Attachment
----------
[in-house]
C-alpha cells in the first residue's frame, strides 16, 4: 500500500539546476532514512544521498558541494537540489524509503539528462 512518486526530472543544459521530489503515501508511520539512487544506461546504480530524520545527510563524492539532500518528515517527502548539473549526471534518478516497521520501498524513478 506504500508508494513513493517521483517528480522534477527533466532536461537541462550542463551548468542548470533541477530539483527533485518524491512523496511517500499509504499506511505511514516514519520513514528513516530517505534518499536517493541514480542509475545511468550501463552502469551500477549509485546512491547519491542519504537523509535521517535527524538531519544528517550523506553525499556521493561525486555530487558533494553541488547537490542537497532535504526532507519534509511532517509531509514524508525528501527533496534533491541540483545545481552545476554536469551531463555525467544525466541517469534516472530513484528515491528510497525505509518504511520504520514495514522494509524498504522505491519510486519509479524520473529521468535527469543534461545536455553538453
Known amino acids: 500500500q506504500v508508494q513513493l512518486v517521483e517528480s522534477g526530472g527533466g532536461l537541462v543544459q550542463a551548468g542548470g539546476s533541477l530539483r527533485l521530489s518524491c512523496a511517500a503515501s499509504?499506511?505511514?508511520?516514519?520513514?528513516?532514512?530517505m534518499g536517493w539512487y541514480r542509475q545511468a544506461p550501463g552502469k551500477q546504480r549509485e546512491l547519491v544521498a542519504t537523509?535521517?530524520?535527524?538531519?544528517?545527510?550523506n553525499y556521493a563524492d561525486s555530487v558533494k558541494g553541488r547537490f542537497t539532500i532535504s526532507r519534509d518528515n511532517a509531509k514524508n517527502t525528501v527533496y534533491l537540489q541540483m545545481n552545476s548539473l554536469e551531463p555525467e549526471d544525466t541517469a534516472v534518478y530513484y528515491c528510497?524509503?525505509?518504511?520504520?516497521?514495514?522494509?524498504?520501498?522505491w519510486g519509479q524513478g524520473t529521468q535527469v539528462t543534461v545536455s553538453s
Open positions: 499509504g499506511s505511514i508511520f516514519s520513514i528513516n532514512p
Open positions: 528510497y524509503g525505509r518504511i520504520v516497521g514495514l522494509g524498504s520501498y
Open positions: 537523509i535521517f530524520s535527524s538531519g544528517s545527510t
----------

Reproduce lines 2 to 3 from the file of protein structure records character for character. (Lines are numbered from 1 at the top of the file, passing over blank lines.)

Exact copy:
C-alpha cells in the first residue's frame, strides 16, 4: 500500500539546476532514512544521498558541494537540489524509503539528462 512518486526530472543544459521530489503515501508511520539512487544506461546504480530524520545527510563524492539532500518528515517527502548539473549526471534518478516497521520501498524513478 506504500508508494513513493517521483517528480522534477527533466532536461537541462550542463551548468542548470533541477530539483527533485518524491512523496511517500499509504499506511505511514516514519520513514528513516530517505534518499536517493541514480542509475545511468550501463552502469551500477549509485546512491547519491542519504537523509535521517535527524538531519544528517550523506553525499556521493561525486555530487558533494553541488547537490542537497532535504526532507519534509511532517509531509514524508525528501527533496534533491541540483545545481552545476554536469551531463555525467544525466541517469534516472530513484528515491528510497525505509518504511520504520514495514522494509524498504522505491519510486519509479524520473529521468535527469543534461545536455553538453
Known amino acids: 500500500q506504500v508508494q513513493l512518486v517521483e517528480s522534477g526530472g527533466g532536461l537541462v543544459q550542463a551548468g542548470g539546476s533541477l530539483r527533485l521530489s518524491c512523496a511517500a503515501s499509504?499506511?505511514?508511520?516514519?520513514?528513516?532514512?530517505m534518499g536517493w539512487y541514480r542509475q545511468a544506461p550501463g552502469k551500477q546504480r549509485e546512491l547519491v544521498a542519504t537523509?535521517?530524520?535527524?538531519?544528517?545527510?550523506n553525499y556521493a563524492d561525486s555530487v558533494k558541494g553541488r547537490f542537497t539532500i532535504s526532507r519534509d518528515n511532517a509531509k514524508n517527502t525528501v527533496y534533491l537540489q541540483m545545481n552545476s548539473l554536469e551531463p555525467e549526471d544525466t541517469a534516472v534518478y530513484y528515491c528510497?524509503?525505509?518504511?520504520?516497521?514495514?522494509?524498504?520501498?522505491w519510486g519509479q524513478g524520473t529521468q535527469v539528462t543534461v545536455s553538453s